LAGOS, Nigeria – A dozen officers are squeezed into the dimly lit Lagos State Police Gender Unit between worn desks and witnesses writing statements, as the force struggles to cope with an increasing number of reports of sex abuse in Nigeria.
Recent figures are scarce but according to the United Nations, one in four women in the country experiences sexual abuse before they turn 18.
Lagos is the only one of the 36 states in Africa’s most populous nation with a force dedicated to tackling gender-based violence.
Conditions in the unit – one of 12 serving the chaotic megacity of 20 million – are basic.
It has no interrogation room, no dedicated vehicle and no computers.
Wedged in a corner behind mounds of loose files, officers point to a small plastic chair where alleged victims – most frequently children, with many aged around just 10 – are brought to give statements.
“You can see, we’re just managing,” Detective Inspector Alaba Munisola, the head of the unit, told AFP.
“The number of reported cases has been rising and rising.”
Greater numbers of women are speaking out against prevalent sexual violence in the country, with both NGOs and police saying the number of reported cases has increased rapidly in recent years.
But this has exposed victims to the failings of an underfunded, poorly trained criminal justice system – often exacerbating their trauma.
NGOs and campaign groups say those who report crimes suffer prejudice, extortion and a lack of social support at each stage between reporting crimes and court trials.
Investigations into sexual assault rarely result in convictions.
The launch of a new nationwide sex offenders register has been described as an important step in helping to crack down on the worst abusers.
But activists insist it is just the beginning of the fight to reform the system.
“How the police record cases, information sharing, it’s ridiculous. It’s all in paper,” said Ayodeji Osowobi, director of the non-profit organisation Stand to End Rape.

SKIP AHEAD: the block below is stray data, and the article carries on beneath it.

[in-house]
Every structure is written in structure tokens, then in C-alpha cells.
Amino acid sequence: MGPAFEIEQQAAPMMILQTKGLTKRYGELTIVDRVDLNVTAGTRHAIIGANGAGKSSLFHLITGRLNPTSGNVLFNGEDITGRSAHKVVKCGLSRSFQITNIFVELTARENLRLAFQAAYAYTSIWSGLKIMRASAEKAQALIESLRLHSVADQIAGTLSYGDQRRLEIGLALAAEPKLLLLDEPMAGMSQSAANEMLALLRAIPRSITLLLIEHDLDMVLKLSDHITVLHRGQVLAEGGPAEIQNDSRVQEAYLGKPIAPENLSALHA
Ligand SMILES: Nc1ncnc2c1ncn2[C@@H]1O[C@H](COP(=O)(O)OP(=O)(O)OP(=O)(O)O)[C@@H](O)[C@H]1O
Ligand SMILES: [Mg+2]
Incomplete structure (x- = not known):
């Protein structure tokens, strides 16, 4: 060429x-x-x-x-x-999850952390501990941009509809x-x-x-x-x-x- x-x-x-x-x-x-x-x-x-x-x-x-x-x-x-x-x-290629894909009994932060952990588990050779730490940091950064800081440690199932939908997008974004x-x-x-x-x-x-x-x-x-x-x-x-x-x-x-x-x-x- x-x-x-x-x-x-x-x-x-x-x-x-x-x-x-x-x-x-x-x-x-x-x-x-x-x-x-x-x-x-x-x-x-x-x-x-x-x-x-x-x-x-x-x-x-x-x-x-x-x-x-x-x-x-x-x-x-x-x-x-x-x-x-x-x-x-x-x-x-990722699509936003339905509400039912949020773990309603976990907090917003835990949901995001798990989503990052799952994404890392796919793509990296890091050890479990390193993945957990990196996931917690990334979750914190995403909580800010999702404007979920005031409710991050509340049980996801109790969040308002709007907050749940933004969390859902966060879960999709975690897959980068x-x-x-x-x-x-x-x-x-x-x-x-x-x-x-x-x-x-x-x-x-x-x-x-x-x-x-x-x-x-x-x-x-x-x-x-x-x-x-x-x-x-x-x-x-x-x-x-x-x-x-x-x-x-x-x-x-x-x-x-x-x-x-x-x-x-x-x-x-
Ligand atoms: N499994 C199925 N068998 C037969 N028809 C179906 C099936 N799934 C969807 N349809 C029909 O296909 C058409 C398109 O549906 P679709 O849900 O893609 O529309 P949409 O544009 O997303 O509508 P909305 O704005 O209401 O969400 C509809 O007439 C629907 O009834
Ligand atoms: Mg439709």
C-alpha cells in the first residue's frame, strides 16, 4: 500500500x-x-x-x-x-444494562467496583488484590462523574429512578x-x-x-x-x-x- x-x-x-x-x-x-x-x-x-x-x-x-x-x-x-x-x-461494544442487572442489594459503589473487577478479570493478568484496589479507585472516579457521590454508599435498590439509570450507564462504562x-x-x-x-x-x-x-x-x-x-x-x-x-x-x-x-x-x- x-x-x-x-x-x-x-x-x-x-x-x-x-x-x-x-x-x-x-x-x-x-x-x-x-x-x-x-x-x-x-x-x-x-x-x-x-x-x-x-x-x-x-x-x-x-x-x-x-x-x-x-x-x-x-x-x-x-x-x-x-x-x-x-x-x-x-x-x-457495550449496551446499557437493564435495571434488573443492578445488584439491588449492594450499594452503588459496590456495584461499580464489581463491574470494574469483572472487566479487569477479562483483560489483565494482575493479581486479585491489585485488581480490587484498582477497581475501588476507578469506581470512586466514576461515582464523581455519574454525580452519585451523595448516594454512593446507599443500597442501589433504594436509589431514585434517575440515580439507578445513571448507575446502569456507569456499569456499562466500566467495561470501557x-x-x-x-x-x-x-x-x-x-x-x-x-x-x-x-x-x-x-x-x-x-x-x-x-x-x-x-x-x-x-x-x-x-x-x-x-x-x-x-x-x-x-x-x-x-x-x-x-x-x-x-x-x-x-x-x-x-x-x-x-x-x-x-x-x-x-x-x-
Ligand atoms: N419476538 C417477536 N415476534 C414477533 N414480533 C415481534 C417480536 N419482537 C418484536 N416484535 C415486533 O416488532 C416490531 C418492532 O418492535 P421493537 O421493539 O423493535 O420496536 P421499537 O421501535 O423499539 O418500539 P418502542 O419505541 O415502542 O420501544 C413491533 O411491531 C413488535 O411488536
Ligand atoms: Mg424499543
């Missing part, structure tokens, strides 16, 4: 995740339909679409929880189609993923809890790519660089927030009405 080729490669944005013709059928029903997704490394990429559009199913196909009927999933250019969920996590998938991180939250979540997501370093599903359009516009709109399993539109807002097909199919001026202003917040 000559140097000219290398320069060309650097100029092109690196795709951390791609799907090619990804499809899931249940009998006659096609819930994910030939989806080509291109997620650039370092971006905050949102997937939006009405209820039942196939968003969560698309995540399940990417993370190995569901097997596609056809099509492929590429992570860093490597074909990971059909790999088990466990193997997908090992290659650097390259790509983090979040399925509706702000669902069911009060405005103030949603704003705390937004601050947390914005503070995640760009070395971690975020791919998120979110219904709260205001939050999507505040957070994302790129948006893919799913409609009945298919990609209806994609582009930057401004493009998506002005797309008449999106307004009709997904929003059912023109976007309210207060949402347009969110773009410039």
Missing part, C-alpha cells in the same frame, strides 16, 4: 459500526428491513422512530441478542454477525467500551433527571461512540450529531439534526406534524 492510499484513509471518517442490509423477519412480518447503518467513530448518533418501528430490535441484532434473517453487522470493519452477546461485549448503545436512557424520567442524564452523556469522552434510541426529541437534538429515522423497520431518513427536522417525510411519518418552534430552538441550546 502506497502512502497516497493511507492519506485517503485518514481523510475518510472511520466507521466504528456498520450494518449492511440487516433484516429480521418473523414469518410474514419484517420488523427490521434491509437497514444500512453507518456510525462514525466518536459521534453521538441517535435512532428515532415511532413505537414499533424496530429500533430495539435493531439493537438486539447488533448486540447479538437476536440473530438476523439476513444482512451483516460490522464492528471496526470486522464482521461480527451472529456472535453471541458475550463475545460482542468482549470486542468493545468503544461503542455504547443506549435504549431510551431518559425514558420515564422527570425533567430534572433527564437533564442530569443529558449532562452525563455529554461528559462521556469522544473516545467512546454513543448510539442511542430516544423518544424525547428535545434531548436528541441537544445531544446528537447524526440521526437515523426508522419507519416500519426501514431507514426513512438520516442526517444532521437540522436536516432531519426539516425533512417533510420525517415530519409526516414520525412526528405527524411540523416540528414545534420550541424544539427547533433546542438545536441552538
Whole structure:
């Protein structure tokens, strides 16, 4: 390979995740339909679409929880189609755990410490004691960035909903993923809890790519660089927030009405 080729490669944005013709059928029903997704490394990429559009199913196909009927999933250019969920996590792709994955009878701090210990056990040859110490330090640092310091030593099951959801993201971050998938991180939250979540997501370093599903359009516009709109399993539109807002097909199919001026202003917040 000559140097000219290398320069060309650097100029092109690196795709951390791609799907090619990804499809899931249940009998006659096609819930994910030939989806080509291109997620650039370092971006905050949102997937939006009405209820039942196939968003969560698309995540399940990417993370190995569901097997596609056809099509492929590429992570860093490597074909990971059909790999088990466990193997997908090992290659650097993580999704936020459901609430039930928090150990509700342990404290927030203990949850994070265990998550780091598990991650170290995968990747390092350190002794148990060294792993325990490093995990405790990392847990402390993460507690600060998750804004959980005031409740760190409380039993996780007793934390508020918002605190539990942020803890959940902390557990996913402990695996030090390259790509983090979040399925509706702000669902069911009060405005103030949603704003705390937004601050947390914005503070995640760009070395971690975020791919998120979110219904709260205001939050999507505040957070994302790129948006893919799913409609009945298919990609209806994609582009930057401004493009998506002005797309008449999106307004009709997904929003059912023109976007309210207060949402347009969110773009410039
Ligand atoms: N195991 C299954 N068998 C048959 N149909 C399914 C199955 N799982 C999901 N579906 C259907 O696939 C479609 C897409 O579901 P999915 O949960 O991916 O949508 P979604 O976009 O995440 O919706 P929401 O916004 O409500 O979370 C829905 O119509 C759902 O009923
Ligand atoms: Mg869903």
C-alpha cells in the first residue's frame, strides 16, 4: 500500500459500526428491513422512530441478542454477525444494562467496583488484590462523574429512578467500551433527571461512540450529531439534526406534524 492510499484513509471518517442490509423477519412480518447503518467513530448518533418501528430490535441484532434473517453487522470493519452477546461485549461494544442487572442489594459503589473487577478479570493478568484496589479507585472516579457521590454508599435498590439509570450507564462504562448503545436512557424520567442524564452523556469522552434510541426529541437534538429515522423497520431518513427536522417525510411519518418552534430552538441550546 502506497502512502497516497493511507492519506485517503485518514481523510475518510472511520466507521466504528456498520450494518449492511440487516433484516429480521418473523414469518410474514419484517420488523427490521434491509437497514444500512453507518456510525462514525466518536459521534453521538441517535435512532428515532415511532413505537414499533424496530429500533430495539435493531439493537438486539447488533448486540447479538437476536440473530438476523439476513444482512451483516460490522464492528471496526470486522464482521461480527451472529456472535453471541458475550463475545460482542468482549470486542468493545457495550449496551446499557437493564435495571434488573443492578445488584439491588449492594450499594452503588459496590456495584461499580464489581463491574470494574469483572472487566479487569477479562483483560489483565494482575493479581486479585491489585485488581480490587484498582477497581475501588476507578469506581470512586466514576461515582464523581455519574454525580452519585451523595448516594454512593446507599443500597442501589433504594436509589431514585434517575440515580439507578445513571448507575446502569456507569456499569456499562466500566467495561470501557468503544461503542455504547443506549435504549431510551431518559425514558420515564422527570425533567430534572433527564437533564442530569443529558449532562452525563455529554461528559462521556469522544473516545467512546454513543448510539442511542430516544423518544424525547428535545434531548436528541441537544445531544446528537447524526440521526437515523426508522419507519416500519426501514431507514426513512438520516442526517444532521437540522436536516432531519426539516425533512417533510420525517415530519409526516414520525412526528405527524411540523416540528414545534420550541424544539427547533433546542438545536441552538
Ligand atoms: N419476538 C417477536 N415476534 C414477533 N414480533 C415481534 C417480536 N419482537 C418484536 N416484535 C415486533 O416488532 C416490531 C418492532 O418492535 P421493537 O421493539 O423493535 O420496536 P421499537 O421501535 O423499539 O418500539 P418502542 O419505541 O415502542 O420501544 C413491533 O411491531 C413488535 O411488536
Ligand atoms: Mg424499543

“The register will help agencies identify repeat offenders, police will have more information when they deal with suspects.”
Stand To End Rape, which has dealt with hundreds of cases this year, represents those who come forward and provides psychological support.
“For victims, when it comes to interfacing with the police, it’s one of the most dreaded experiences ever,” Osowobi said.
“What they do to survivors is not ask them questions but interrogate them.”
Osowobi said victims are often questioned in public or open spaces, or even in front of suspects they’ve accused.
Deepening their ordeal, officers regularly extort victims for money and delay the case if they are not paid.
“In most cases the police ask for a ‘mobilisation fee’, saying, ‘we need fuel, we need something to ginger us’,” Osowobi said.
Inspector Olakunle Orebe has worked in the Lagos Gender Unit since it was founded in 2015.
“Oftentimes there is not provision for basic needs, such as transportation, printing case files, visiting the scene to investigate,” he admitted, criticising police budgets.
He said suspects and victims have been transported by some police forces in the same vehicles and sometimes even in public transport.
“How will you now carry the survivor and the accused or the perpetrator inside one car?” he complains. “But it happens in places.”
“In this unit, we have so many challenges. We don’t want a situation where victims have to buy justice, so oftentimes, these costs come from our pocket.”